Bar Crawl Radio


We Walk - Park(ing) Day - on West End Avenue

Season 4, Ep. 109

Once again – Bar Crawl Radio’s portable studio is set up on West End Avenue and 92nd Street -- this time for the "We Walk / Park(ing) Day" on-the-street event. And things were buzzing around as as our UWS neighbors too over the street. Local community organizations working for various socially positive changes were represented.

"We Walk" was part of the worldwide "Park(ing) Day" celebration in which walkers and bikers take over "metered curbside parking space for “creative experimentation, political and cultural expression, and unscripted social interaction.” It is organized by the” American Society of Landscape Architects.” 

For this BCR episode we talked with reps from Streetopia, Time Lapse Dance, D3 Green Schools, Public Design Commission, former NYC Parks Commissioner -- Andrian Benepe, and State Assembly member -- Linda Rosenthal. It was a busy day but your BCR hosts handled it and had a great afternoon on the Upper West Side.

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Jeffrey Swann: Pearly Sounds from the Ivories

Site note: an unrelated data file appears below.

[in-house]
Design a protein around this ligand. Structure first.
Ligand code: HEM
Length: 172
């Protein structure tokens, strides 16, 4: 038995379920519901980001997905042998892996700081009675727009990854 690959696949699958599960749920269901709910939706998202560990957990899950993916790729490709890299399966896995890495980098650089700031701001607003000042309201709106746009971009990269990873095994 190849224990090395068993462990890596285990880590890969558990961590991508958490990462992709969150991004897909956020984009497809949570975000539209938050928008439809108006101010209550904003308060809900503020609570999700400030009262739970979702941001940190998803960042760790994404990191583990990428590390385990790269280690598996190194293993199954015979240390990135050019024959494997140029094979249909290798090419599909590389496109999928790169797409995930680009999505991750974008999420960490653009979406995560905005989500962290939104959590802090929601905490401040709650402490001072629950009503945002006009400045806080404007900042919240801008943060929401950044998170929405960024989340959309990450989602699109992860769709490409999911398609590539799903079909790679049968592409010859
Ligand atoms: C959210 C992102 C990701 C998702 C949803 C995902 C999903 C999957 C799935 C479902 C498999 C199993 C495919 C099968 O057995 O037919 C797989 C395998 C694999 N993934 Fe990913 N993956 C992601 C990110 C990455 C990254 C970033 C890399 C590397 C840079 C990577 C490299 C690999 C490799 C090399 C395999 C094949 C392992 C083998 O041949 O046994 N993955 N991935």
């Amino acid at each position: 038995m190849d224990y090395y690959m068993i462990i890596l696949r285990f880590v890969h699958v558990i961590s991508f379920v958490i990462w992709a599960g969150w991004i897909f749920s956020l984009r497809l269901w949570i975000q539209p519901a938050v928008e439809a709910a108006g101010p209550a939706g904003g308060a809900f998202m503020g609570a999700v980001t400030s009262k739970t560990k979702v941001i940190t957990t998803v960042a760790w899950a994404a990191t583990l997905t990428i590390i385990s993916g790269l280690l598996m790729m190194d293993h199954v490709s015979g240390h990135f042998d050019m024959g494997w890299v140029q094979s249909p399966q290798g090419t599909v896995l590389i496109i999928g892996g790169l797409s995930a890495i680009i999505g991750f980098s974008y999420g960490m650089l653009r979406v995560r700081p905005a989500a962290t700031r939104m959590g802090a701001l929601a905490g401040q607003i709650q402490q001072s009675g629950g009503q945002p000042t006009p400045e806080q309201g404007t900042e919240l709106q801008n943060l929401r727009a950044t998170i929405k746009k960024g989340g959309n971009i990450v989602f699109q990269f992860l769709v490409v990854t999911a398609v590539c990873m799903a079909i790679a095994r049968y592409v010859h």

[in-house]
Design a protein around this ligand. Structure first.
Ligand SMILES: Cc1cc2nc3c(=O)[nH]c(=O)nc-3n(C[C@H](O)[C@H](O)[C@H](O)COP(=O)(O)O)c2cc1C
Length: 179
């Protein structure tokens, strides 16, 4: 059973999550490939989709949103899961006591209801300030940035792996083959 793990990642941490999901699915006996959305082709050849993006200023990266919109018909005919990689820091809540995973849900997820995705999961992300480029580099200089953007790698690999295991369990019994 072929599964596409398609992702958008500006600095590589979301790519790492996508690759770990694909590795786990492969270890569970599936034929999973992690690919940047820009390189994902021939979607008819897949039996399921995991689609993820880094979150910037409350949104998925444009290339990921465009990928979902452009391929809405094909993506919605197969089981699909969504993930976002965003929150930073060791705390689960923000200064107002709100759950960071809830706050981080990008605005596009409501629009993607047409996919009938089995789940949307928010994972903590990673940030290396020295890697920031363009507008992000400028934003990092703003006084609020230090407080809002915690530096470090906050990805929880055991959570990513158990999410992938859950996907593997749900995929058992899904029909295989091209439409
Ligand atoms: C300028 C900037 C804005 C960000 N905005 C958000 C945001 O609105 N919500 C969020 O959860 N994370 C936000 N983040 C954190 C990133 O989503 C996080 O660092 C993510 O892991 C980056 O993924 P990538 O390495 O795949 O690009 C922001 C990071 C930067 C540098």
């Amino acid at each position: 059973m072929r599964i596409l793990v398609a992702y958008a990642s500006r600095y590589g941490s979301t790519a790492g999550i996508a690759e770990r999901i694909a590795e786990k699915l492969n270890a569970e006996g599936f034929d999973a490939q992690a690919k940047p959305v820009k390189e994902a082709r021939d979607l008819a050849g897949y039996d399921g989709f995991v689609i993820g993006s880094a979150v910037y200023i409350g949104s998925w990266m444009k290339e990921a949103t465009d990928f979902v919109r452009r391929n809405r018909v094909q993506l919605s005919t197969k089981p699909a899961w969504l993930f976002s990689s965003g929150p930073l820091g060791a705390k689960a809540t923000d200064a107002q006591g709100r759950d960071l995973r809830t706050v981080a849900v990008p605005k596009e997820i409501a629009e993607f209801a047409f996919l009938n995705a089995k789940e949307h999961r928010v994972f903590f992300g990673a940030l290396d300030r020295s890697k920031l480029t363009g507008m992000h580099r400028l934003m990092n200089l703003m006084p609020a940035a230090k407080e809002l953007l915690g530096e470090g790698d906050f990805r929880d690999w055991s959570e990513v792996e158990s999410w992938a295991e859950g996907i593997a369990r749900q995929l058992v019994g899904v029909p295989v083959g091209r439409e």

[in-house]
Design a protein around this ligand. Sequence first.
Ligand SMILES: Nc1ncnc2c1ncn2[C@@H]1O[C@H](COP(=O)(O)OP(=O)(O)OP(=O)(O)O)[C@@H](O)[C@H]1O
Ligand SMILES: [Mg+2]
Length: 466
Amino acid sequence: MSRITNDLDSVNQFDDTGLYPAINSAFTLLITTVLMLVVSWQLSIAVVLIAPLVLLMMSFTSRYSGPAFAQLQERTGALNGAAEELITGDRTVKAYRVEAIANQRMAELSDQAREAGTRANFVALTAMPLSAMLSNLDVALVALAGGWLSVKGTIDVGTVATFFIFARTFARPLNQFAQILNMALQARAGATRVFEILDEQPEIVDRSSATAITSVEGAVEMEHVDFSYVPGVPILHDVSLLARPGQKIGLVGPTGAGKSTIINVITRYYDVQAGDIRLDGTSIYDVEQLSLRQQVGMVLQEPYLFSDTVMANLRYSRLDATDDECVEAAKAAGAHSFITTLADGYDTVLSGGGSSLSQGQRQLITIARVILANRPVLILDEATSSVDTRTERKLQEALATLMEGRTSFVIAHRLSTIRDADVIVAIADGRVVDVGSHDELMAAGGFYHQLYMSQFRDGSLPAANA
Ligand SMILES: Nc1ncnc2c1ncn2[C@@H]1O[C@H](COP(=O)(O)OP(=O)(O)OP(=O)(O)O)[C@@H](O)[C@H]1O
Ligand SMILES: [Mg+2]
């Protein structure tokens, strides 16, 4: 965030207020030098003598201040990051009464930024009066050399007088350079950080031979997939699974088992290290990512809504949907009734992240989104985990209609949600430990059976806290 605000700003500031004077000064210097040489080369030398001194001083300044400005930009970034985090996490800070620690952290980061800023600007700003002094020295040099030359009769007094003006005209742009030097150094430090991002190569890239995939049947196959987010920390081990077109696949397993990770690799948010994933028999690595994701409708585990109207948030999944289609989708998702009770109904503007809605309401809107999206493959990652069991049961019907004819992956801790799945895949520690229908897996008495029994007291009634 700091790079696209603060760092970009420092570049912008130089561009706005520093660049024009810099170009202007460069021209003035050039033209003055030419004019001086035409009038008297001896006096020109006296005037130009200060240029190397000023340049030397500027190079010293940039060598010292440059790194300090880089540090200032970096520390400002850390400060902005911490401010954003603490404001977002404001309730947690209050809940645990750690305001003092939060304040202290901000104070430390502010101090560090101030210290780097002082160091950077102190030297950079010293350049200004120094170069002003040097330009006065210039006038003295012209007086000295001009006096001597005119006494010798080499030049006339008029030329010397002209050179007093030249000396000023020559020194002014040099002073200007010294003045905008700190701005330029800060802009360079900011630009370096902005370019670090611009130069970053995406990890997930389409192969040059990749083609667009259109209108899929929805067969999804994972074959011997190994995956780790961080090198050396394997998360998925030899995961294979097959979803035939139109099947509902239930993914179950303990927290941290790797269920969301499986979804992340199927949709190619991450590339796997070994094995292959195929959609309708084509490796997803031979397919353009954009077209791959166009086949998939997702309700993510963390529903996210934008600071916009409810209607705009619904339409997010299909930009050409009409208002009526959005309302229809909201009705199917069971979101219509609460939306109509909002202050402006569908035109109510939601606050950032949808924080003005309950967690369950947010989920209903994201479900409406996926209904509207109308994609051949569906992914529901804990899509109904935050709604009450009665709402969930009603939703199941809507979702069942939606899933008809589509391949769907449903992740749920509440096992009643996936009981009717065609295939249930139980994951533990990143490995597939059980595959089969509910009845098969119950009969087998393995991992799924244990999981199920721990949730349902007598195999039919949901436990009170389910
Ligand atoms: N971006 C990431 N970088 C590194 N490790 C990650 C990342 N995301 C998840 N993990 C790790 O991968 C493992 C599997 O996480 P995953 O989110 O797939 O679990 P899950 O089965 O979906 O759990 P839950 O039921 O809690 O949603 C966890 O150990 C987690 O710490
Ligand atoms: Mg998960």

Season 4, Ep. 128
Concert violinist Rolf Schulte describes pianist, Jeffrey Swann, as a polymath, speaker of several languages, and a magnificent musician.Mr. Swann has won several prestigious piano competitions – including the Queen Elizabeth Piano Competition in Brussels as a young man and then the Ciani Competition in Italy and a prize at the Chopin Competition in Warsaw. The last few years he has run a music festival and teaches at a conservatory in Italy.Early in his career Mr Swann was also a composer and studied with Darius Milhaud. He has lectured on Wagner at the BayreuthFestival.Presently, he teaches at NYU Steinhardt School of Music.A recording with Rolf Schulte and Jeffrey Swann performing Igor Stravinsky’s violin music recorded for the radio in Cologne, West Germany in 1979 is coming out any day now.After the recording I asked Jeffrey about his thoughts on the future of classic concerts post-COVID19, Here is his response:It is truly hard to predict how the Covid interruption will effect concert life.Classical music was already in great difficulties even before, actually for at least 30 or 40 years, it has been in a state of declining and older audience bases.So the effect may be positive in that t will bring about radical change from the top.Or it might simply kill the business for good.I refuse to believe that, since I believe in our musical heritage and its value and validity.But the entire model needs to change--but not simply by means of catchy clichés like "diversity".NOTES BY Alan Winson